- Maximizing the level of reactive materials in the golf ball core is necessary to maximize the velocity of the core. The lower density of the larger core and the use of heavier non-reactive (inert) fillers allows for a core comprising greater than 96% of reactive material
- Golf ball cover: The cover comprises a Surlyn ionomer composition and needs to be as high modulus (stiff) as possible to provide ball velocity. The limiting factor is that if the cover material is too stiff, the impact of the club will result in excess flex of the cover and result in brittle failure of the cover.
- Dimple Pattern: To optimize flight performance, a dimple pattern needs to be designed to maximize the flight performance of the ball velocity, launch angle and spin rate of the ball that results from the construction. Low compression 2-piece balls will generally have low spin rate and high launch angle compared to harder compression balls, and the dimple profile needs to be designed to maximize carry distance of the golf ball.
The resultant golf ball provides exceptionally long distance performance. The combination of the soft core and stiff ionomer cover also results in a low spin rate which results in reduced sidespin and straighter ball flight.
There are players who prefer a higher spin rate and still prefer the feel of a low compression ball. It is possible, through use of a 3-piece construction, to develop a ball that has low compression/soft feel and achieves a higher level of spin for the players who desire this added performance. The design components for a soft 3-piece ball are:
- Golf ball center: The center of the golf ball is primarily to provide low compression/soft feel and maintain a low driver spin rate for straight flight. To achieve this, a smaller center with a very low compression (significantly softer than the 2-piece core) is required. As the center is not a significant contributor to the velocity of the golf ball it is not necessary to maximize the density of the core.
- Golf ball mantle layer: The inner layer of the 3-piece ball is designed to contribute both to the velocity of the golf ball and the spin of the golf ball. The material used for this inner layer needs to provide as much velocity as possible while also contributing to the low compression of the overall ball. Ideal materials for this inner layer are specialty high-performance terpolymer ionomers designed by DuPont specifically for use in golf balls.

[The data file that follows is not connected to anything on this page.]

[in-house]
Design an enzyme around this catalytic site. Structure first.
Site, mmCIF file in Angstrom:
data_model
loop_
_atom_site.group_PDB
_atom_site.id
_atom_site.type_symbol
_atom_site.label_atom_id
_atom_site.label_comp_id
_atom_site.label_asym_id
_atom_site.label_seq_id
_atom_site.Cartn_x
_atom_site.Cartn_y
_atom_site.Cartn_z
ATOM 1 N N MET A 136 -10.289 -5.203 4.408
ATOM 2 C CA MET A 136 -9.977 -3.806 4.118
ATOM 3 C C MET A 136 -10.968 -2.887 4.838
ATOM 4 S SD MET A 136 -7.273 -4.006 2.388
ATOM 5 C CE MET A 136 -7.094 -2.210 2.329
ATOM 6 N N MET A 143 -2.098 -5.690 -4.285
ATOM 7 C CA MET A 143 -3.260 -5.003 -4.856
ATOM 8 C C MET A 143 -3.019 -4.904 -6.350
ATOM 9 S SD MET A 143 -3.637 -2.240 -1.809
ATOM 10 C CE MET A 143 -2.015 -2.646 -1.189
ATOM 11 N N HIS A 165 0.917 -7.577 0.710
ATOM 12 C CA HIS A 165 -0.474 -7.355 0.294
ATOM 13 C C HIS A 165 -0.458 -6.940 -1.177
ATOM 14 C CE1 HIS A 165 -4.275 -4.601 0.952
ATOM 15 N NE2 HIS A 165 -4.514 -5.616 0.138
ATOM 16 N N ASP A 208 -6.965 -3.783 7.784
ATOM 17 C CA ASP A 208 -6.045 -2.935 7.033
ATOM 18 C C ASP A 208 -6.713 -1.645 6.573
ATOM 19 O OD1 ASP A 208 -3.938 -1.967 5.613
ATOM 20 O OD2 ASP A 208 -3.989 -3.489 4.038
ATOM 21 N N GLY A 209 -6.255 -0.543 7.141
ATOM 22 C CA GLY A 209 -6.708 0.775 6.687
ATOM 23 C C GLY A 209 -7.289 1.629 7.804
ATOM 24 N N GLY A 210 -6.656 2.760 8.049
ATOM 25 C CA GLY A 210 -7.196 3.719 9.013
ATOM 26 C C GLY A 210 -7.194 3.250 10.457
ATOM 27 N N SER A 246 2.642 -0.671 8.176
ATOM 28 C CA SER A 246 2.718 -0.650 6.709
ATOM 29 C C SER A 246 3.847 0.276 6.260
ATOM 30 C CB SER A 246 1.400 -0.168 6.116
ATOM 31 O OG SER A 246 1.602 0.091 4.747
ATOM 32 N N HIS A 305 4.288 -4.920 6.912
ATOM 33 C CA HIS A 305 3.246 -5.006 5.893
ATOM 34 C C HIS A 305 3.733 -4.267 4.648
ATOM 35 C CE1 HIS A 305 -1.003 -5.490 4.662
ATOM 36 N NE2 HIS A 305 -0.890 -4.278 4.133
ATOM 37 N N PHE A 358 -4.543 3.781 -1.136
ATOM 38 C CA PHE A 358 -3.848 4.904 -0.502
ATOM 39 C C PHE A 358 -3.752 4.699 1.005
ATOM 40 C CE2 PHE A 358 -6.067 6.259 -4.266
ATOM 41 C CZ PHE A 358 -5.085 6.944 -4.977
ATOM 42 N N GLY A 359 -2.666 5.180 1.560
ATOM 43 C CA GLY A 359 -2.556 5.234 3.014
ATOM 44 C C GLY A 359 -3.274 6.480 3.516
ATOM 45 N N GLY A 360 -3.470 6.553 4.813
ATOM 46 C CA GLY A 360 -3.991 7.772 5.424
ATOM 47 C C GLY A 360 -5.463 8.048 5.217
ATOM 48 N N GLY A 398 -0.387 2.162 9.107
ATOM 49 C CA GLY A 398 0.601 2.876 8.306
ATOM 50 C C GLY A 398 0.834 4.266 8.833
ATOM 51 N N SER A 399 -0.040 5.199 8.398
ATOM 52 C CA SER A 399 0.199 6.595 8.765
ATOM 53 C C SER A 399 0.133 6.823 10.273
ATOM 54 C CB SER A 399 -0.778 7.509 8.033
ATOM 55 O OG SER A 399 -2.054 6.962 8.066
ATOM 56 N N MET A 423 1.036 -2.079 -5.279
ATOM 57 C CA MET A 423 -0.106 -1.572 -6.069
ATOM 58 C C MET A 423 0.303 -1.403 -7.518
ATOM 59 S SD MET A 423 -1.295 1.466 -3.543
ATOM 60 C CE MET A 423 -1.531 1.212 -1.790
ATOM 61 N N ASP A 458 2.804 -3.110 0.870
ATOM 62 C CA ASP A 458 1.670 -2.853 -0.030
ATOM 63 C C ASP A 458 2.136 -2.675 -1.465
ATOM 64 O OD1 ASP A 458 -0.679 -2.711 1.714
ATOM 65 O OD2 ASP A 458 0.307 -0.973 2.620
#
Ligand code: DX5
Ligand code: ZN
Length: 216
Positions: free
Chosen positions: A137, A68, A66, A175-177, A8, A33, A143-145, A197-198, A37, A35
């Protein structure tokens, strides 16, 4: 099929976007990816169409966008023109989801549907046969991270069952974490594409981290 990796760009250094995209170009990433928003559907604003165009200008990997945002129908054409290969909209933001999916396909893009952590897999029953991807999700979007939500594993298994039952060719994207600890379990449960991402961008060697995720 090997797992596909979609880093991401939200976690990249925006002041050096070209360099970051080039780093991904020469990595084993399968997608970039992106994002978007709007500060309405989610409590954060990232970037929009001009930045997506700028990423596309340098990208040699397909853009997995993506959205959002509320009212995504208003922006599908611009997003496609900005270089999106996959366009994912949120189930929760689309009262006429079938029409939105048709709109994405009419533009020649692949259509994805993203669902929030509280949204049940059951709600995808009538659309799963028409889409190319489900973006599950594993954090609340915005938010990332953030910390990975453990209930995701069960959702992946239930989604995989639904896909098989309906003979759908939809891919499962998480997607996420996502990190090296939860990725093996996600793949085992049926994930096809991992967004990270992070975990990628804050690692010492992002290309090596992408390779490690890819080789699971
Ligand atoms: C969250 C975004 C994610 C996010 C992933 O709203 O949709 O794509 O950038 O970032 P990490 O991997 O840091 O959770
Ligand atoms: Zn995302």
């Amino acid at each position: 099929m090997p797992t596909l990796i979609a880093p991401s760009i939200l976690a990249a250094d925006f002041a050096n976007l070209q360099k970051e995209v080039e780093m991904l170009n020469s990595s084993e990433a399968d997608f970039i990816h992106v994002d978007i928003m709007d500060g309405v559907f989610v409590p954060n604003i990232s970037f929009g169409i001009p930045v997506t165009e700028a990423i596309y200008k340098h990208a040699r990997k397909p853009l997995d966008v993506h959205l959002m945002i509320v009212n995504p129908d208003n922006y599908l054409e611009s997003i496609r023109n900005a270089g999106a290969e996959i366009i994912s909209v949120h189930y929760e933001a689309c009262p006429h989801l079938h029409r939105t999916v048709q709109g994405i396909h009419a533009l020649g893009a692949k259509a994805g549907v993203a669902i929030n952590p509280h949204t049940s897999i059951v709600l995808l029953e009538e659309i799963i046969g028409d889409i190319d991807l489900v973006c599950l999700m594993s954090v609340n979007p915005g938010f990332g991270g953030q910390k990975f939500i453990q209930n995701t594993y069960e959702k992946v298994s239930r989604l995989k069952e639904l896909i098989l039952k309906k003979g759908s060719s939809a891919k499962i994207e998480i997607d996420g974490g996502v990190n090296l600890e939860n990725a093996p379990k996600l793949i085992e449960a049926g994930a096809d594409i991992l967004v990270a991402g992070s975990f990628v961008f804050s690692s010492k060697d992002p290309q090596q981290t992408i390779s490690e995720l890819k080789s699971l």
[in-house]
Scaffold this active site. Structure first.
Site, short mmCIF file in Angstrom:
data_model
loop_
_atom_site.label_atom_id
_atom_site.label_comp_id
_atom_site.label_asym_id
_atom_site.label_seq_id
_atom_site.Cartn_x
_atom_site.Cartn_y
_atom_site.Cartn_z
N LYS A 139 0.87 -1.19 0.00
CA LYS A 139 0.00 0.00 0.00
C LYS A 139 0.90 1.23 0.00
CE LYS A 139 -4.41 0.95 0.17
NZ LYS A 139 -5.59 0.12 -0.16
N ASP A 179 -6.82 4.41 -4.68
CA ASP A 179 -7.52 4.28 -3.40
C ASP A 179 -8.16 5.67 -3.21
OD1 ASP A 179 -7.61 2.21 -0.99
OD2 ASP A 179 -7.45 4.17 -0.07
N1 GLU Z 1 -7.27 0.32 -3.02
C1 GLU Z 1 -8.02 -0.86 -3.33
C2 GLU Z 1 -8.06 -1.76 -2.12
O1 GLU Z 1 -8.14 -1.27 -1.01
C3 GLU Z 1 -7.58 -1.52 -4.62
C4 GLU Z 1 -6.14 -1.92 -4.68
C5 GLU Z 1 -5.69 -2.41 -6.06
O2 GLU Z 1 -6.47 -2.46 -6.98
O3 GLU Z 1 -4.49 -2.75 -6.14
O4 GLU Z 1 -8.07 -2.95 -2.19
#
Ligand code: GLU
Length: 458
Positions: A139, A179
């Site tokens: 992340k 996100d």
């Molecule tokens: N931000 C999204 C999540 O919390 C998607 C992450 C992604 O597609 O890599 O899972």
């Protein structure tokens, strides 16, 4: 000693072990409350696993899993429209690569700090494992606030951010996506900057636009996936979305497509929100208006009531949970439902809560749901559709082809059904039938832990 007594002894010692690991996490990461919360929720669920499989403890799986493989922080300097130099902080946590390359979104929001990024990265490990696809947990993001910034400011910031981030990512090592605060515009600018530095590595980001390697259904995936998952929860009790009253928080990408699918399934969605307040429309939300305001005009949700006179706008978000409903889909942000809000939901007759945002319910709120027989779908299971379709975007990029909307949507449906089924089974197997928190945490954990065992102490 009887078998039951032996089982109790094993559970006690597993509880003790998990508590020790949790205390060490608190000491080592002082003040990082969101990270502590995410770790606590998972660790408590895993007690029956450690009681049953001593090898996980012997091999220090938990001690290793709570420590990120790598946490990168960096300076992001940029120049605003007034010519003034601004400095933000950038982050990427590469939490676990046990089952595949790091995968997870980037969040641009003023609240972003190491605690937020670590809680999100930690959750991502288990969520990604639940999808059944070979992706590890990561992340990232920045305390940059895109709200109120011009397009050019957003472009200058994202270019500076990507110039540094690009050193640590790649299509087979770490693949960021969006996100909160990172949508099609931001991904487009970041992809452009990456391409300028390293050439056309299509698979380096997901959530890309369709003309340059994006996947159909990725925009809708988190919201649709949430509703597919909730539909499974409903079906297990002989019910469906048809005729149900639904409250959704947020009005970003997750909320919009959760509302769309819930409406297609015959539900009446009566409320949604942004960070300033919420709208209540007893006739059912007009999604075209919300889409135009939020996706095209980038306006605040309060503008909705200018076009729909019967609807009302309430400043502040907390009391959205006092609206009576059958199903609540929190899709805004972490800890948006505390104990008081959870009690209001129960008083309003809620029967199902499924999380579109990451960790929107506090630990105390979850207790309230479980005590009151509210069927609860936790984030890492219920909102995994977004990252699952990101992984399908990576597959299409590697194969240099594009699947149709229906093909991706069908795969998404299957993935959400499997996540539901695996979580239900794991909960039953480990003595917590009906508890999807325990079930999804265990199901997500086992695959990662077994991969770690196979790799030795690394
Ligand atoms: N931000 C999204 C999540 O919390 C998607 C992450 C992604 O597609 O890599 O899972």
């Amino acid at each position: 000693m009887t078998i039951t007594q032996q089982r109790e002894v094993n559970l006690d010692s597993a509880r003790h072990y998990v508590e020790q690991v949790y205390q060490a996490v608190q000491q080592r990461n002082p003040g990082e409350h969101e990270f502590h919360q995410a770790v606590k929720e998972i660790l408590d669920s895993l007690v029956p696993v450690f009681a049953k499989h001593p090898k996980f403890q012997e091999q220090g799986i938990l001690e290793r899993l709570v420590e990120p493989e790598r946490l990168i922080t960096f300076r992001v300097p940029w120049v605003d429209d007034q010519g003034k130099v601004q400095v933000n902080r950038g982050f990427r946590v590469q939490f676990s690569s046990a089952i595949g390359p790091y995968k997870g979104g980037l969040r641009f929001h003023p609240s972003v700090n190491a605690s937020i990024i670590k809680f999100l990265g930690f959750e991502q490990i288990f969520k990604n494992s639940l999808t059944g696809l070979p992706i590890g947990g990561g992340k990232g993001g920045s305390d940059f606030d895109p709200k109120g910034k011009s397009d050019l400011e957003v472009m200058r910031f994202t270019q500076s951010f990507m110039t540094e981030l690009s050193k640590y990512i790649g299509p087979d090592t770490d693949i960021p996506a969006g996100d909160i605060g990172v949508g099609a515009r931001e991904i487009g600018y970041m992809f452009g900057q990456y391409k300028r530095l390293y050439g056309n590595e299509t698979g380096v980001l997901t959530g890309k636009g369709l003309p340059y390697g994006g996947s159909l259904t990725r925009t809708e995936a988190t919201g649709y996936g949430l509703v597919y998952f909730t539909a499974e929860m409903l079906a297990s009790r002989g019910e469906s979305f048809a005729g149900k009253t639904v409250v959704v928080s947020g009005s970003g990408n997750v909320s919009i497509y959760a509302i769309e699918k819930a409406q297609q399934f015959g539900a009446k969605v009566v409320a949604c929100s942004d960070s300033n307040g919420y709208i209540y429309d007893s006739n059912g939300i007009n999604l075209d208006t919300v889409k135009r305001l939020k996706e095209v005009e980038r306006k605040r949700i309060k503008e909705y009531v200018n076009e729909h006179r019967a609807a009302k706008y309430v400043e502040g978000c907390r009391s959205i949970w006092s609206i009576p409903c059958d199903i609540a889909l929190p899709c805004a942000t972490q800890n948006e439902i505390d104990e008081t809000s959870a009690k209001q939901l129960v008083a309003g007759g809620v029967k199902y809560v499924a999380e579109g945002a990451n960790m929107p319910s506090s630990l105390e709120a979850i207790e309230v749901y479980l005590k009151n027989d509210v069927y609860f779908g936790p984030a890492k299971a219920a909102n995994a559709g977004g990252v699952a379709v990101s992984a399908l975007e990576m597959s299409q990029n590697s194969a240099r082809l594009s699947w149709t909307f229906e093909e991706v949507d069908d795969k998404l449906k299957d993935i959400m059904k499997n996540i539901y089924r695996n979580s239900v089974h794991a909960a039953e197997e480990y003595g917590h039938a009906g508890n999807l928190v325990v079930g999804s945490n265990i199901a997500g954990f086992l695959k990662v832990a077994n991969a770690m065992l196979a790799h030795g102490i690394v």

- Golf ball cover: The cover of the golf ball can comprise either Surlyn to produce higher spin than the 2-piece construction, or Urethane to provide maximum spin performance.
- Surlyn cover: A Surlyn cover for a 3-piece construction needs to be lower modulus than the cover of the 2-piece construction to increase the ball spin but still be stiff enough to provide ball velocity.
- Urethane cover: A urethane cover needs to be applied to the core mantle combination to produce maximum spin properties. There are two types if polyurethane that can be used as covers for golf balls: cast polyurethane and thermoplastic polyurethane.Either type of urethane can be used, but cast urethane is preferred as it provides better abrasion/scuff resistance and better cut resistance than thermoplastic polyurethane. To achieve acceptable distance performance, the urethane cover needs to be as thin as possible as urethane is a “dead” material and needs to be molded as thin as possible to achieve the maximum possible ball velocity and distance performance.”